By Bethany Shepard 3:26 am PST
  1. Downieville

Downieville was formed in 1849 when gold was discovered in this town on September 14, 1849, and it was named after the discovery. During the northern portion of the California Gold Rush, it was known as “the fork” due to its position at the junction of the Downey River and the North Yuba River.

The Yuba River District of Tahoe National Forest surrounds the city of Downieville. Fishing, mountain biking, motorcycling, canoeing, hiking, and nature walks are popular outdoor leisure activities. Additionally, many visit the historic sites of the California Gold Rush.

Yuba River, Downieville in California s Gold Country © Harris Shiffman |

The Downieville Museum is housed in a stone structure from 1852 that was previously a general shop, complete with original iron doors and window shutters. The museum shows local relics, historical objects, portraits of pioneers, and old pictures illustrating the community’s history over the last 160 years.

There are several options for accommodation, including campgrounds, hotels, bed and breakfast inns, rental cabins, and back country campsites. Anglers, skiers, climbers, and tourists enjoy fishing, skiing, and sightseeing. During the age of steam locomotives, it was the location of a significant railroad yard where additional steam engines were installed to help trains.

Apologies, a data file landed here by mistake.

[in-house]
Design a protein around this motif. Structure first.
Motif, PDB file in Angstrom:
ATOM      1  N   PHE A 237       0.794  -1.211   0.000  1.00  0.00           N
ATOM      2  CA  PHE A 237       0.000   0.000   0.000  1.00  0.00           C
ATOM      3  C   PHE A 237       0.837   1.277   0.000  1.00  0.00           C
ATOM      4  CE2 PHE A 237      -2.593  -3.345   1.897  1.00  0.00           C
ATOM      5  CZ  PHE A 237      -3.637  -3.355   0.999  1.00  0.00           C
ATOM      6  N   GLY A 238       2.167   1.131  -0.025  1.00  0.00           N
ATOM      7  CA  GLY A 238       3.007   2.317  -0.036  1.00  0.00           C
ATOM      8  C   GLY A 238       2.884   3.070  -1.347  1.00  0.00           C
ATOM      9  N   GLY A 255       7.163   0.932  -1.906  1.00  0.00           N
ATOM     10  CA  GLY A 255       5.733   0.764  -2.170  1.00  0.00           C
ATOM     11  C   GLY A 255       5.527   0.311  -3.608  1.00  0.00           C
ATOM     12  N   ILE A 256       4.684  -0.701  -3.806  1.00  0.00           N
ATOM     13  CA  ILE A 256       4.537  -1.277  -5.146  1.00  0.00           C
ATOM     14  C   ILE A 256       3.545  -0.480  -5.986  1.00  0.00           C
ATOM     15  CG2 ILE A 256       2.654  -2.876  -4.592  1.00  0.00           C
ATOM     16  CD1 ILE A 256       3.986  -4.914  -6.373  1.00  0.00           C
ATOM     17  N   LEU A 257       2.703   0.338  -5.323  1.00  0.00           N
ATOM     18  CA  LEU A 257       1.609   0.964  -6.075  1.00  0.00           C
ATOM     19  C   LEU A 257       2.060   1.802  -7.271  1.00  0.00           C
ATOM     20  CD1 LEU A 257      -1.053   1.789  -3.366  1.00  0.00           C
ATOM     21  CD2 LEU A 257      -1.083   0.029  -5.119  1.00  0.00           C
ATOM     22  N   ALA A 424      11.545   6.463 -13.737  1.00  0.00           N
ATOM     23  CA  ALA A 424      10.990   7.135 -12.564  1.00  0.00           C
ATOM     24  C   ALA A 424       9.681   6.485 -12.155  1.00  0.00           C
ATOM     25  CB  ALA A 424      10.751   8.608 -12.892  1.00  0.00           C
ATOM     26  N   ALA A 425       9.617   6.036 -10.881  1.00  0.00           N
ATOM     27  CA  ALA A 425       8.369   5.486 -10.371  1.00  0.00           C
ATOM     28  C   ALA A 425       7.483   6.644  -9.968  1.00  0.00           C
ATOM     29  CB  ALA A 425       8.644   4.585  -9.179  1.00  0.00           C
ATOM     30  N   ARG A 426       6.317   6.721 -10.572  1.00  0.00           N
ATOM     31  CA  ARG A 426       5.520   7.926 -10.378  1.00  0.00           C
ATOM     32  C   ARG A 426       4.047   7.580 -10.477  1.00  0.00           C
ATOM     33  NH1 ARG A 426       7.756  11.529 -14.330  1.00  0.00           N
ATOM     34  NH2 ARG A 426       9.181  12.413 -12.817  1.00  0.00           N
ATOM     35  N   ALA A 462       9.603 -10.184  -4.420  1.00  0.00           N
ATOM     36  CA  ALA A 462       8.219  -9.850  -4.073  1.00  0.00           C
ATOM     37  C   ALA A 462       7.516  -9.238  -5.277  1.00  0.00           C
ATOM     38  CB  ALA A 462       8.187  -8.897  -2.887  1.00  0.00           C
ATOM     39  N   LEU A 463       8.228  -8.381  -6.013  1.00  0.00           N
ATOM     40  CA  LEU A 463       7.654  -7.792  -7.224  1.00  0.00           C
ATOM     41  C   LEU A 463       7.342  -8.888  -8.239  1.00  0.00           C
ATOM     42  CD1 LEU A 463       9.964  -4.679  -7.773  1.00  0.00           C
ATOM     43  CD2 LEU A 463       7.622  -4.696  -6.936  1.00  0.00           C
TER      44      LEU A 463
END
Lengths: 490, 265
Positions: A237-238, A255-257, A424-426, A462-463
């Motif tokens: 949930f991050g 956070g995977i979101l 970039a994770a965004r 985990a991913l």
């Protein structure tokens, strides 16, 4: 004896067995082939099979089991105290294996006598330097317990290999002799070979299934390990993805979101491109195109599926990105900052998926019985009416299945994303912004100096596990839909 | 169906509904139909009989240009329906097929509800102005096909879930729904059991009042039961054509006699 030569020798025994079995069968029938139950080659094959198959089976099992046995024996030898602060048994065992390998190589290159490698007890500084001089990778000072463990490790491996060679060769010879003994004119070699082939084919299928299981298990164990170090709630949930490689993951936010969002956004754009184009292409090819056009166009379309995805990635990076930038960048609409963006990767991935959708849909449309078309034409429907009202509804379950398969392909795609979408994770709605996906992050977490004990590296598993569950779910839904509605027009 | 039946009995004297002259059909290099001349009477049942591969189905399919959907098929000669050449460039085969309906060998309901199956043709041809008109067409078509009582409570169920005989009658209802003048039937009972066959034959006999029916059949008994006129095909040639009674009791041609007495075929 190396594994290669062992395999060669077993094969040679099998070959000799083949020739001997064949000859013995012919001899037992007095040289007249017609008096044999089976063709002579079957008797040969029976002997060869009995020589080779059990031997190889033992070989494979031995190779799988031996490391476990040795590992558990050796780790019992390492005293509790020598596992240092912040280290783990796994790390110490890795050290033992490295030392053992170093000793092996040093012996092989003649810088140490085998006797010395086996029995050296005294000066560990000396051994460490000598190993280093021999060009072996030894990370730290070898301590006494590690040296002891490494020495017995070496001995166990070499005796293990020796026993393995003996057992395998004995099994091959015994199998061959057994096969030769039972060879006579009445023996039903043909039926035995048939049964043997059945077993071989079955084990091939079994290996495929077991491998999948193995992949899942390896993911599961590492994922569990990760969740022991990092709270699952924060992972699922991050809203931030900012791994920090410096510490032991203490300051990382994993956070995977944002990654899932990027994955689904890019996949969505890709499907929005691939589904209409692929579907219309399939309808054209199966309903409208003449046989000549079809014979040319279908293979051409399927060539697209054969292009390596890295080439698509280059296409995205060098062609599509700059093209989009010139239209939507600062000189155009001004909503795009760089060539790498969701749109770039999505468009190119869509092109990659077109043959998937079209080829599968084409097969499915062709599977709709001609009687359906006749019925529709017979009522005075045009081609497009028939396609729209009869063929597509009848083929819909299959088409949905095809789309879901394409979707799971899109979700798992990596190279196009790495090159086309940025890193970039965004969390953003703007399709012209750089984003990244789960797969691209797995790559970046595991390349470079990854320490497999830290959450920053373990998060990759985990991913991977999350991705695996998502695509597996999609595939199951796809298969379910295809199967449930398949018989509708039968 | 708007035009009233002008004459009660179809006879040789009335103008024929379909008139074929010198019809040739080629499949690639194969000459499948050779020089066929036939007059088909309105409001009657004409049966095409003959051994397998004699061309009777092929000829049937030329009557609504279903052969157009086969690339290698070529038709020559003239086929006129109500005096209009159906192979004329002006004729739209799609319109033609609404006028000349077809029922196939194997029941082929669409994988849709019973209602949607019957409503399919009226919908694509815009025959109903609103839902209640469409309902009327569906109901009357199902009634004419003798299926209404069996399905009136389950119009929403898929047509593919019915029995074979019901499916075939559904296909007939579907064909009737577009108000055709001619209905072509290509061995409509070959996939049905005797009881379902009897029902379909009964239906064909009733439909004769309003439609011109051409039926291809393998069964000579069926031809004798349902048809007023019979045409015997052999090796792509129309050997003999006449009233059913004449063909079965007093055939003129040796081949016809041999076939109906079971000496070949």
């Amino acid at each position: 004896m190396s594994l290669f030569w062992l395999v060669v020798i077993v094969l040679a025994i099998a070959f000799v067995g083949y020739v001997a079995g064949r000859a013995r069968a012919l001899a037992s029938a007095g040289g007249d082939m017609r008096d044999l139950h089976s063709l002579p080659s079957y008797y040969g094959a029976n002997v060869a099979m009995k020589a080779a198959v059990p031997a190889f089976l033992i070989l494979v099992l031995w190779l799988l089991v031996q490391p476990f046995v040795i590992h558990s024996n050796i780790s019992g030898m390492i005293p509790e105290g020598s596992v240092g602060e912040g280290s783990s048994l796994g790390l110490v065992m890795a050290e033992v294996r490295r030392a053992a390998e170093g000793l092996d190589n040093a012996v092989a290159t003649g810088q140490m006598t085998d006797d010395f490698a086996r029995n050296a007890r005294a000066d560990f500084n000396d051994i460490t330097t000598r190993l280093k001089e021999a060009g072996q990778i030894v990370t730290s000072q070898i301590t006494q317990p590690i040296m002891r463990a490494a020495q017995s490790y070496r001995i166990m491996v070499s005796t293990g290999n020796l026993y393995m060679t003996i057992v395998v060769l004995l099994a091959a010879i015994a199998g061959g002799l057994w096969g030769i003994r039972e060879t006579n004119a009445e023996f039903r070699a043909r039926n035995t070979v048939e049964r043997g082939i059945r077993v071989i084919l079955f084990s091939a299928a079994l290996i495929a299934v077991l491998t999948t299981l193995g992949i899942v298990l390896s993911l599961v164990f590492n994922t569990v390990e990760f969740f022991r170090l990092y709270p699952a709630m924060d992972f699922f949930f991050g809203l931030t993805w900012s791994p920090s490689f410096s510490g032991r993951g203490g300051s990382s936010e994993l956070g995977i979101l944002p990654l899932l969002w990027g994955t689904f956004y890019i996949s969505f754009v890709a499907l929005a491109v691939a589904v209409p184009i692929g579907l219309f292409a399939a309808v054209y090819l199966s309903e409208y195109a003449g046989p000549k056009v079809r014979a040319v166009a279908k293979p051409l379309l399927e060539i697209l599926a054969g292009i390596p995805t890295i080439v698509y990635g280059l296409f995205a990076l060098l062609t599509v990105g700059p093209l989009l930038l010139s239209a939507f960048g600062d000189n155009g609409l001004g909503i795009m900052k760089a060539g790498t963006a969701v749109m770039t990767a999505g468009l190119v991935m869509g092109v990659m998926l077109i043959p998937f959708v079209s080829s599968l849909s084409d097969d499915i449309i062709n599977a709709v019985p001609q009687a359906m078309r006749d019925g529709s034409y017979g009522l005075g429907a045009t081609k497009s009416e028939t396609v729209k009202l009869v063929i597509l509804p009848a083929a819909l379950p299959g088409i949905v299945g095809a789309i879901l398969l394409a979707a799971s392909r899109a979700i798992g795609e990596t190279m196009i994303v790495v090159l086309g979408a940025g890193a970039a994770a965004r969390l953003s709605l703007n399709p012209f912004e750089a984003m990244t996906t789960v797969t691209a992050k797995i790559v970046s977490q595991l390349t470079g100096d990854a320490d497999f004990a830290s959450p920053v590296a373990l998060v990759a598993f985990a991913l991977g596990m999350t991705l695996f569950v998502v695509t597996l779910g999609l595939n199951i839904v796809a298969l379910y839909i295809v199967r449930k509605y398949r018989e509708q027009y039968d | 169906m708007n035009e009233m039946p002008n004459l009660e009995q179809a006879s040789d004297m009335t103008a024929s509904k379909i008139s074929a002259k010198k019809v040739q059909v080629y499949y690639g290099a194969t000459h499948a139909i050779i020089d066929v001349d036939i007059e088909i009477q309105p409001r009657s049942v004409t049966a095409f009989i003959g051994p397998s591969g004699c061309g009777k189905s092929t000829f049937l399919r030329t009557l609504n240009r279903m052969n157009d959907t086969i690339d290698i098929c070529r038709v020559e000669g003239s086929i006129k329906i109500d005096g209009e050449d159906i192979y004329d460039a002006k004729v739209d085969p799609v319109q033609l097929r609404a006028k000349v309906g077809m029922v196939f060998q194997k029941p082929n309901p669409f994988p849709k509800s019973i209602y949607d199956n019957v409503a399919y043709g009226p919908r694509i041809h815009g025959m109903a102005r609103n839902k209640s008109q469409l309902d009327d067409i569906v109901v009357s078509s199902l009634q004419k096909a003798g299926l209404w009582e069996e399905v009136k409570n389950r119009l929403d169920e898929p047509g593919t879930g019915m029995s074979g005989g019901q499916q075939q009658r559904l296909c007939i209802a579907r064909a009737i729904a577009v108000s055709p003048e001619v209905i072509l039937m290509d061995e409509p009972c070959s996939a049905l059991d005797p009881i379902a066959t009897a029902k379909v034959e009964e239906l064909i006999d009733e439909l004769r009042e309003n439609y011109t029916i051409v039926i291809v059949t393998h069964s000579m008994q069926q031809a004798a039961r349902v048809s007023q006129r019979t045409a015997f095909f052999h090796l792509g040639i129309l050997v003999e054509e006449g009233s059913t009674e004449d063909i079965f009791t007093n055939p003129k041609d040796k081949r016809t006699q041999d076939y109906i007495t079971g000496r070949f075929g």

It is situated in the Shasta Cascade, a renowned tourist site. There are several lovely streams and lakes in the area.

  1. Dunsmuir

Dunsmuir is a tourist site for history and culture enthusiasts. It has a genuine appearance and feel of the 1920s and 1930s, and the railroad’s rich history brings real enthusiasts to enjoy the sights and sounds.

This summer, the city will conduct weekend-long celebrations. Along with the amazing work done in the Botanical Gardens, these activities are quite popular. The finding of gold at Eureka, California, spurred activity at the Dunsmore site.

Majestic Mossbrae Falls on Dunsmuir, California © Stephen Moehle |

A toll bridge and a stage hotel were built. The area is becoming a major producer of wine. However, the majority of the over 30 wineries around the city are family-owned and produce modest quantities of grapes and wine. In the stunning altitudes of the Sierra Nevada, this area is recognized for its distinctly exquisite wines.

  1. Placerville

A stroll along Main Street reveals several historical markers marking the locations of significant Gold Rush-era events and figures. Placerville was also well-known for the Pony Express, a short-lived mail service that linked California to the Midwest and East. In the past, Placerville was often referred to as “Hangtown.” It is the home of the famed Hangtown Fry, which consists of eggs, bacon, and oysters. Multiple tales exist surrounding the origin of this dish.

Bell tower in the historic center of Placerville, California © Venemama |